Identifying cardiogenic shock in the emergency department

Madison Daly, Brit Long, Alex Koyfman, Skyler Lentz

Research output: Contribution to journalReview articlepeer-review

11 Scopus citations


Introduction: Cardiogenic shock is difficult to diagnose due to diverse presentations, overlap with other shock states (i.e. sepsis), poorly understood pathophysiology, complex and multifactorial causes, and varied hemodynamic parameters. Despite advances in interventions, mortality in patients with cardiogenic shock remains high. Emergency clinicians must be ready to recognize and start appropriate therapy for cardiogenic shock early. Objective: This review will discuss the clinical evaluation and diagnosis of cardiogenic shock in the emergency department with a focus on the emergency clinician. Discussion: The most common cause of cardiogenic shock is a myocardial infarction, though many causes exist. It is classically diagnosed by invasive hemodynamic measures, but the diagnosis can be made in the emergency department by clinical evaluation, diagnostic studies, and ultrasound. Early recognition and stabilization improve morbidity and mortality. This review will focus on identification of cardiogenic shock through clinical examination, laboratory studies, and point-of-care ultrasound. Conclusions: The emergency clinician should use the clinical examination, laboratory studies, electrocardiogram, and point-of-care ultrasound to aid in the identification of cardiogenic shock. Cardiogenic shock has the potential for significant morbidity and mortality if not recognized early.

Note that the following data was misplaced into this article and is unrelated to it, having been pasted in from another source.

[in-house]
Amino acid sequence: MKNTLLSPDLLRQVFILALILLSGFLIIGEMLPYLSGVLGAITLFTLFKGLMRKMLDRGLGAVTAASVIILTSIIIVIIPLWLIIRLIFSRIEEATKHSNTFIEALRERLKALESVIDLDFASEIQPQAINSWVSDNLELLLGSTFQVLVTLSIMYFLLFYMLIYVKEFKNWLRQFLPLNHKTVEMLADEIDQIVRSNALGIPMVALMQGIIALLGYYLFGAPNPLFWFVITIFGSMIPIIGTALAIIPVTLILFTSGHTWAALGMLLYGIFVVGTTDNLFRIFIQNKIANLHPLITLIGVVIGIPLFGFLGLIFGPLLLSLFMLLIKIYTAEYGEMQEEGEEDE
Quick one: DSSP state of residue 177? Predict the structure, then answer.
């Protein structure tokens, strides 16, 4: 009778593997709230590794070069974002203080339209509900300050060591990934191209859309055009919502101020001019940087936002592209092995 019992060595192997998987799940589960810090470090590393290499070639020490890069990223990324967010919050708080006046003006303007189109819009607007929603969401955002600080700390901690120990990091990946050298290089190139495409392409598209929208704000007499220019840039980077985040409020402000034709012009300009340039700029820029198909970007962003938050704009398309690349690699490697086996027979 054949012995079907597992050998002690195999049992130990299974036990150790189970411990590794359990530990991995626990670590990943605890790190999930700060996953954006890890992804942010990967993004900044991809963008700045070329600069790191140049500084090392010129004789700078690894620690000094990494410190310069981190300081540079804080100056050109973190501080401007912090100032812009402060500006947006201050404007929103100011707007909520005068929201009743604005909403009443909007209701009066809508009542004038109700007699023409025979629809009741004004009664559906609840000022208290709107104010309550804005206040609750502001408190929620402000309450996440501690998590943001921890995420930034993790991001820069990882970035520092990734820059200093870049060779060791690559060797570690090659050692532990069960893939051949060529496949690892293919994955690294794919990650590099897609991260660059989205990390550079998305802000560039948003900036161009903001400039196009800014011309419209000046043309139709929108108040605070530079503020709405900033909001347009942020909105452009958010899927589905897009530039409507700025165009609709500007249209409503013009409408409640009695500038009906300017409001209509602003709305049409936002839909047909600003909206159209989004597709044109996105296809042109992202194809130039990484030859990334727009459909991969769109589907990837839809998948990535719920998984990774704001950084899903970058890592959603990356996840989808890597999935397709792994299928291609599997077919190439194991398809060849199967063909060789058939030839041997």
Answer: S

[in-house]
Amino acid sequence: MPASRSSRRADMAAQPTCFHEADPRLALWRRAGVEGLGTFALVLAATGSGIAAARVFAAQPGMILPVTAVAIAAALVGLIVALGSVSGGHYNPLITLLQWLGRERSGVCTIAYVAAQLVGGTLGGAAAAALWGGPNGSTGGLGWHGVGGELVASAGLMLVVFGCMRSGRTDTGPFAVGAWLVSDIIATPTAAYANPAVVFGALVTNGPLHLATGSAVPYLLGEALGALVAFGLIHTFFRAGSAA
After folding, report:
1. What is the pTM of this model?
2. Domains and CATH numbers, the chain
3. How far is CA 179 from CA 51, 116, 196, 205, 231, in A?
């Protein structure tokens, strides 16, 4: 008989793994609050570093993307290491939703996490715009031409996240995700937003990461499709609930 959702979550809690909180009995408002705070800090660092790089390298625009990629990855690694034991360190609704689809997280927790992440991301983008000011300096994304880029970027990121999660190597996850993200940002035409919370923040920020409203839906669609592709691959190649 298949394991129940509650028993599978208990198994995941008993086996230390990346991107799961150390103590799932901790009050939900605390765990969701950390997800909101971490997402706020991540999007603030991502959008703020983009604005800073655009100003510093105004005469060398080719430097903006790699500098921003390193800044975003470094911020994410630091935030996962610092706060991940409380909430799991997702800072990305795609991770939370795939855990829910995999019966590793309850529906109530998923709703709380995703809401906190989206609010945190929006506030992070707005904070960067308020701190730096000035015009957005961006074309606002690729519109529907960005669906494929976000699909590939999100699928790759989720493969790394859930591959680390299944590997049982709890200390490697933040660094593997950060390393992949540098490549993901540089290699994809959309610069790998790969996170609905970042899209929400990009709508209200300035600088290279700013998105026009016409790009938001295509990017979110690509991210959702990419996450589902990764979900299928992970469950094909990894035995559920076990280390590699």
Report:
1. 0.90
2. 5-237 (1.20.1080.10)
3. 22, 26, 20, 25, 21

Original languageEnglish (US)
Pages (from-to)2425-2433
Number of pages9
JournalAmerican Journal of Emergency Medicine
Issue number11
StatePublished - Nov 2020


  • Cardiogenic shock
  • Cardiology
  • Heart failure
  • Myocardial infarction

ASJC Scopus subject areas

  • Emergency Medicine


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